Youth retirement on the rise in Sweden

Three times more young people are granted early retirement benefits today than was the case ten years ago, according to Curt Malmborg, director general off the Swedish Social Insurance Administration.

“It is vital that there is functioning healthcare and rehabilitation available for young people who risk long-term illness, and that help is provided early.

A society must regard as a failure the fact that young people, even before they have started working or right at the start of their working lives, are so troubled by illness that they are excluded from the labour market,” wrote Malmborg in Göteborgs-Posten.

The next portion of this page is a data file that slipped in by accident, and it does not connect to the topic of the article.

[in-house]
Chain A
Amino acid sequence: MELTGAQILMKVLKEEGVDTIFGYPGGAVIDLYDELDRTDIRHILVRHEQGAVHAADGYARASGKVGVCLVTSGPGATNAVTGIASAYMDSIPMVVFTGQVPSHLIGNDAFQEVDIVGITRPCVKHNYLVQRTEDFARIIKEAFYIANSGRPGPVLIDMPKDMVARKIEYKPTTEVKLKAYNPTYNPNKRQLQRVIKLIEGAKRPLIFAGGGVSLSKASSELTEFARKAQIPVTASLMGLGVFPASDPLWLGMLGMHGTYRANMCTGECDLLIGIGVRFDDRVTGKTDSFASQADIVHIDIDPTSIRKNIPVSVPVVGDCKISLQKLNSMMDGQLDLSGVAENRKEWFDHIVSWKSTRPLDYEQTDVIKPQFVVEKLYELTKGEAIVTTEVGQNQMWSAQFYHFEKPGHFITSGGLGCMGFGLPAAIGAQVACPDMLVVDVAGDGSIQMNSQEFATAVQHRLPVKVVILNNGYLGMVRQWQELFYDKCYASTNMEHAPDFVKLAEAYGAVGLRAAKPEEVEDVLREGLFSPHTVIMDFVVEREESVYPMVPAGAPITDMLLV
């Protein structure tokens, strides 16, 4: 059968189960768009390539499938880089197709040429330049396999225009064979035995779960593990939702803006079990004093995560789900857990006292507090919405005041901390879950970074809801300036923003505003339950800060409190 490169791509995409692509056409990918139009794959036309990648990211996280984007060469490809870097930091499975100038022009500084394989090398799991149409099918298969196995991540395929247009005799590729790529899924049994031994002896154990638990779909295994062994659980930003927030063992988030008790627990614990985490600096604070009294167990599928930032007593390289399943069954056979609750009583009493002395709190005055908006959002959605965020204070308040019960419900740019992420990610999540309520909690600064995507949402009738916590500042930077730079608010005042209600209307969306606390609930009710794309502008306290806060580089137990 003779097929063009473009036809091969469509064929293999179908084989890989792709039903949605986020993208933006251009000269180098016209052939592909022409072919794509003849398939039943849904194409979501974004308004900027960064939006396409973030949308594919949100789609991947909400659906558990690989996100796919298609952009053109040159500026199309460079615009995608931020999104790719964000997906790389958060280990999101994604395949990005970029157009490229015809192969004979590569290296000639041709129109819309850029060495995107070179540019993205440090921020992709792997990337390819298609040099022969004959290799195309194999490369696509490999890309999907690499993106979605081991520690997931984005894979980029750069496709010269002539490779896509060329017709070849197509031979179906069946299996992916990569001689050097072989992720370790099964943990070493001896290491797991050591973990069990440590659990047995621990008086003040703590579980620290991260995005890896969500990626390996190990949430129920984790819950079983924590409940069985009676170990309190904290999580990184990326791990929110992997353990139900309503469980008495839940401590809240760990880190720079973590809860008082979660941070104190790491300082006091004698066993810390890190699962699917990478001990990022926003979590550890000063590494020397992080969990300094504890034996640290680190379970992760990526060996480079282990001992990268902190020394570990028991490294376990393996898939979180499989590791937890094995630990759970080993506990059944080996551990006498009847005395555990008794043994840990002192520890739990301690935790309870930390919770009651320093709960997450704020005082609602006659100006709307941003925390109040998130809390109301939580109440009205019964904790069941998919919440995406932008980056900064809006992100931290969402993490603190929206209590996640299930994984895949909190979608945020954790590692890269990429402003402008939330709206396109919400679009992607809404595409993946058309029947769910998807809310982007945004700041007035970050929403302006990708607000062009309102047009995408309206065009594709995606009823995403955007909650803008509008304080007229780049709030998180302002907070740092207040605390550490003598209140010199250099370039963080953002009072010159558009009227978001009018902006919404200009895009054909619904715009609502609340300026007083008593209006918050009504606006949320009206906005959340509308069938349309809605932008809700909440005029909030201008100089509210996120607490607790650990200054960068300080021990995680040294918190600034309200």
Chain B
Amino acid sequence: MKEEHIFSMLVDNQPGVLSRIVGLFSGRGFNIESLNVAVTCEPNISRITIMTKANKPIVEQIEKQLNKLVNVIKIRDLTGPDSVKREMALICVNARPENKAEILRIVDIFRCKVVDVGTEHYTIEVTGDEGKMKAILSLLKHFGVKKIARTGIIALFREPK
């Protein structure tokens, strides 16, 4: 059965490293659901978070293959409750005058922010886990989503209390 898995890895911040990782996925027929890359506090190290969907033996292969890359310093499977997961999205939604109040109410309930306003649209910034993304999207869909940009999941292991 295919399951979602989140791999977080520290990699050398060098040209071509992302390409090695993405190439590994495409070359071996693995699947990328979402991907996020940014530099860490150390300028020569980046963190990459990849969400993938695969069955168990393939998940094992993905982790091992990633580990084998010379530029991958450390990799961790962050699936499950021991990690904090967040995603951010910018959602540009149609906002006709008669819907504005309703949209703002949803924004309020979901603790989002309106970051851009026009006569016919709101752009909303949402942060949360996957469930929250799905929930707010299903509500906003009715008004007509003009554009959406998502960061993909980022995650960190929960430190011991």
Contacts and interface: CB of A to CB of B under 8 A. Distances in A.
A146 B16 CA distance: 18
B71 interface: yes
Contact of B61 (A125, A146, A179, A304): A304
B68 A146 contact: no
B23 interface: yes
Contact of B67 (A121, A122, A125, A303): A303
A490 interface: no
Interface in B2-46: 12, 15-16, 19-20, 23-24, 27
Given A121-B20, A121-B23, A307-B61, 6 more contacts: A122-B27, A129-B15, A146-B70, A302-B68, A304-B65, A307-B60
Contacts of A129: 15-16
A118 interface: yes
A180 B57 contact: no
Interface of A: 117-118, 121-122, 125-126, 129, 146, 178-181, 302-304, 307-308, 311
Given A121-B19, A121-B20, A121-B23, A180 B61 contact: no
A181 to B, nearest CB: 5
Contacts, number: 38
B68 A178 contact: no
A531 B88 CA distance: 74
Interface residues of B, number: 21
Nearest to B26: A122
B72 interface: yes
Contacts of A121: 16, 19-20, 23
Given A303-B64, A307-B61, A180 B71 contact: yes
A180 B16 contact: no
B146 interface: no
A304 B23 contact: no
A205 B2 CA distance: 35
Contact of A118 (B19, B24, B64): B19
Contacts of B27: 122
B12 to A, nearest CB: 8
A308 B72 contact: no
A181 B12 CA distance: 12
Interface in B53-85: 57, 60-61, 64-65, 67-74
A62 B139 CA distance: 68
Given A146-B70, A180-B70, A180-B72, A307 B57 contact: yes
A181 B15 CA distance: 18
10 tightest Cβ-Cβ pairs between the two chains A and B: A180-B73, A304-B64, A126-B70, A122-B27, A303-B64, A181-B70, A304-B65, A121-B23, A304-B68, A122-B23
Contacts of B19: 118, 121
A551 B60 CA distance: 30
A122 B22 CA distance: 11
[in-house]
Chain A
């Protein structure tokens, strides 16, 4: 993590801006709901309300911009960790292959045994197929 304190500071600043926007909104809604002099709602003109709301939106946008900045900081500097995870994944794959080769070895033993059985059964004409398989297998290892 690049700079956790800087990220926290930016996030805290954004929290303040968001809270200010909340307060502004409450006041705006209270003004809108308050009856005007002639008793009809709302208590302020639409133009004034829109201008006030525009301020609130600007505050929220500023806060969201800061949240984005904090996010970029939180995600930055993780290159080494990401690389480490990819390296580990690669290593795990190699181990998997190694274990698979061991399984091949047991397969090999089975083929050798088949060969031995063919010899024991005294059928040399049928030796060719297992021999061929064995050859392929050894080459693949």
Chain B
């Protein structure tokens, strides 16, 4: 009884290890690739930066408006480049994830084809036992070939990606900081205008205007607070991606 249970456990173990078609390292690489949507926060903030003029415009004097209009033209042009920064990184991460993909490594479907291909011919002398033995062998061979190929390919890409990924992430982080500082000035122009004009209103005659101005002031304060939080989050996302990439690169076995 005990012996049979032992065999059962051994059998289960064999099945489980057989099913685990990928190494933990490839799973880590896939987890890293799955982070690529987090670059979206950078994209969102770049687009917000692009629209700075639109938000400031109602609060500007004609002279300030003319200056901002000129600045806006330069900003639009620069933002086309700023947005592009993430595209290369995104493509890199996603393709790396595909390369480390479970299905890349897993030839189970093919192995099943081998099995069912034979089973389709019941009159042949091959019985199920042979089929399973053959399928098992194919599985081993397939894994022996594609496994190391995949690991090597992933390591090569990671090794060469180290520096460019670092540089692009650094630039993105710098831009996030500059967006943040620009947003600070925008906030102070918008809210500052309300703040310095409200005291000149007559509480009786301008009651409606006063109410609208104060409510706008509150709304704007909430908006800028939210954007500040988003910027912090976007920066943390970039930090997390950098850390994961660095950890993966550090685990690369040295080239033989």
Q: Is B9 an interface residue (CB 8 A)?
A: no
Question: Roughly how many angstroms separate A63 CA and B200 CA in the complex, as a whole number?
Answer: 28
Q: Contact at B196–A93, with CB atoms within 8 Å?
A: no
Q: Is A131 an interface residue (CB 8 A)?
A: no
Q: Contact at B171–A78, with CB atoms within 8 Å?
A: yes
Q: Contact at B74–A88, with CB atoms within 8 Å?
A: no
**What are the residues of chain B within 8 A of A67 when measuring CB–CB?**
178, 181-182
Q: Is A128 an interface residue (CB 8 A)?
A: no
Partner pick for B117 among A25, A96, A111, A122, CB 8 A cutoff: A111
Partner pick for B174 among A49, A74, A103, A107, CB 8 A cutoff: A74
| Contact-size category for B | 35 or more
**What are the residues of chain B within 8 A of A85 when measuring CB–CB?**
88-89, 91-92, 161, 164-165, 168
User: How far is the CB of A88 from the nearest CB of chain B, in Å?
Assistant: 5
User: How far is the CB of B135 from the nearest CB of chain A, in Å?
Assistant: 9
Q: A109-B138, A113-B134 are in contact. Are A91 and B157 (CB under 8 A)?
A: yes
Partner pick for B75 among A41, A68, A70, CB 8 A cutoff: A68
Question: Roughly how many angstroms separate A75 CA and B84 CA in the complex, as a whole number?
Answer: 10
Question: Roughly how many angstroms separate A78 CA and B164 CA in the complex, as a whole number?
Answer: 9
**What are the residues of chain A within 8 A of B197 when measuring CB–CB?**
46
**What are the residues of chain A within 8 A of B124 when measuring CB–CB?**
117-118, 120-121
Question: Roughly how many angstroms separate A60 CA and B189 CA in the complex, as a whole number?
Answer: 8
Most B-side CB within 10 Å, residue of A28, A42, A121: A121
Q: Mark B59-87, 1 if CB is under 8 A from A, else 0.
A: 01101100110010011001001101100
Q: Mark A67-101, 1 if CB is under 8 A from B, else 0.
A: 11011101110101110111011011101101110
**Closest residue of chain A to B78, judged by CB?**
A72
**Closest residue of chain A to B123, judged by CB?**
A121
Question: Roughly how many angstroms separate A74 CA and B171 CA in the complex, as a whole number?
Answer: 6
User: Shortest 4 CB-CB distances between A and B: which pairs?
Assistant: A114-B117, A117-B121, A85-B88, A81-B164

Every day ten new people between the ages 20-29 are moved into early retirement. This can be compared with 1997, when an average of 3.5 young people per day were granted retirement payments.

“Above all, young people’s problems on the labour market are reflected in the considerable rise in absenteeism resulting from psychological diagnoses. Depression and stress-related diagnoses account for the larges increase,” wrote Malmborg.